Born: February 20, 1900 - Ariano Irpino, Italy
Died: June 15, 1990 - Burbank, California, USA
The Italian-born American composer, arranger and orchestrator, Amedeo de Filippi, came to New York with his family in 1905. At 9, he was playing the piano with bands in Atlantic City and New York during the summer. He later studied violin and composition and was awarded a four-year fellowship in both piano and composition at the Juilliard Graduate School of Music in 1926. He studied there with Rubin Goldmark.
His Concerto for Orchestra won the Philharmonic-Symphony Society of New York American Composers Awards of 1936-1937, but the award was withdrawn because he was not born in the USA. In 1936, his Sonata for Violin and Piano was performed at the Festival of Contemporary American Music. He also orchestrated ballets for the Ballet Russe and Ballet Theatre.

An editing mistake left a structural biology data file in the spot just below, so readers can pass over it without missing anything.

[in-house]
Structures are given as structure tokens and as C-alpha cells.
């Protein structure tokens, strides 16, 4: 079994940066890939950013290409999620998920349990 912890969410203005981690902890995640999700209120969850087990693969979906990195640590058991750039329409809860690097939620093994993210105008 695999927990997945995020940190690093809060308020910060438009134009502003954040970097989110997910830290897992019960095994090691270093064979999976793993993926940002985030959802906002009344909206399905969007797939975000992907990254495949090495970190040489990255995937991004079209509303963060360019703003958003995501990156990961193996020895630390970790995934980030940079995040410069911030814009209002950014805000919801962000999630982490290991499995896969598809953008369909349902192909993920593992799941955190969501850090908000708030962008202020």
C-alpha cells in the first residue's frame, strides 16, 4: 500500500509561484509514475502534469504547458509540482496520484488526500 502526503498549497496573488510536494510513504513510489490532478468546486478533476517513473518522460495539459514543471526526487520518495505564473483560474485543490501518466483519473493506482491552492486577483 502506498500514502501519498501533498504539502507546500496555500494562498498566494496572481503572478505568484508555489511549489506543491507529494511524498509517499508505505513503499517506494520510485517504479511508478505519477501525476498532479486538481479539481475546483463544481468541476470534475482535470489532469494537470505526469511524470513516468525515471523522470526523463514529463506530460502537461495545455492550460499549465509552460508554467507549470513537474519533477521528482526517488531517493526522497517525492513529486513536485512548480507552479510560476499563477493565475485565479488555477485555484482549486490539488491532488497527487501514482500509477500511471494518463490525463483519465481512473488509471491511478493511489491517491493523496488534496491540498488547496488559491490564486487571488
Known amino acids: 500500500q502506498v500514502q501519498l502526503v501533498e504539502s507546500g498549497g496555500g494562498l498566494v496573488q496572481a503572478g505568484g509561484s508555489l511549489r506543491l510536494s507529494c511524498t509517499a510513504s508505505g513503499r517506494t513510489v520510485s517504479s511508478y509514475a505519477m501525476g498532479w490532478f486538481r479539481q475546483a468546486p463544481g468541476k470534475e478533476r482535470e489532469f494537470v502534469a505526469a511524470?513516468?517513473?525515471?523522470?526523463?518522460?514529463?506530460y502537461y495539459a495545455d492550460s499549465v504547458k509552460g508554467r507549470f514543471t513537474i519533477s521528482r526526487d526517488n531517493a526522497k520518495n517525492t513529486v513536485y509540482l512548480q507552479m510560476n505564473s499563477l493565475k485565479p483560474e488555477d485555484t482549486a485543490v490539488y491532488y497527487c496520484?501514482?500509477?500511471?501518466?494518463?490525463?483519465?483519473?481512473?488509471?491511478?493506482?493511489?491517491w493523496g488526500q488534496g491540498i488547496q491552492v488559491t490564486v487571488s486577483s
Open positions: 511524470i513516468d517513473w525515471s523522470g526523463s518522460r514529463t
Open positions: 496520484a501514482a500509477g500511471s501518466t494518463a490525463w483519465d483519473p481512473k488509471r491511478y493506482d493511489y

Amedeo de Filippi, created orchestral, choral and chamber music for ballets, radio and philharmonic groups. As a composer, arranger and orchestrator, he was on the staff of the Columbia Broadcasting System and also worked for Pathe Films, Judson Radio Program Co., Victor Phonograph Co. and several theaters and publishers. He was also, a NY Fellow, International Institute of Arts and Letters in 1962. He was a member of the NAACC, and joined ASCAP in 1952. He also wrote music for films, radio and television. He moved to Studio City in 1961 and continued to write music until his death.
Amedeo de Filippi in 1990 of complications from a stroke. In addition to his wife, he was survived by a son, Richard de Filippi of Cambridge, Mass.; a daughter, Adrienne Lannom of Eugene, Ore.; sisters, Mae Schweitzer, Adele Caffrey and Anna Pietroburgo, all of New York; and five grandchildren.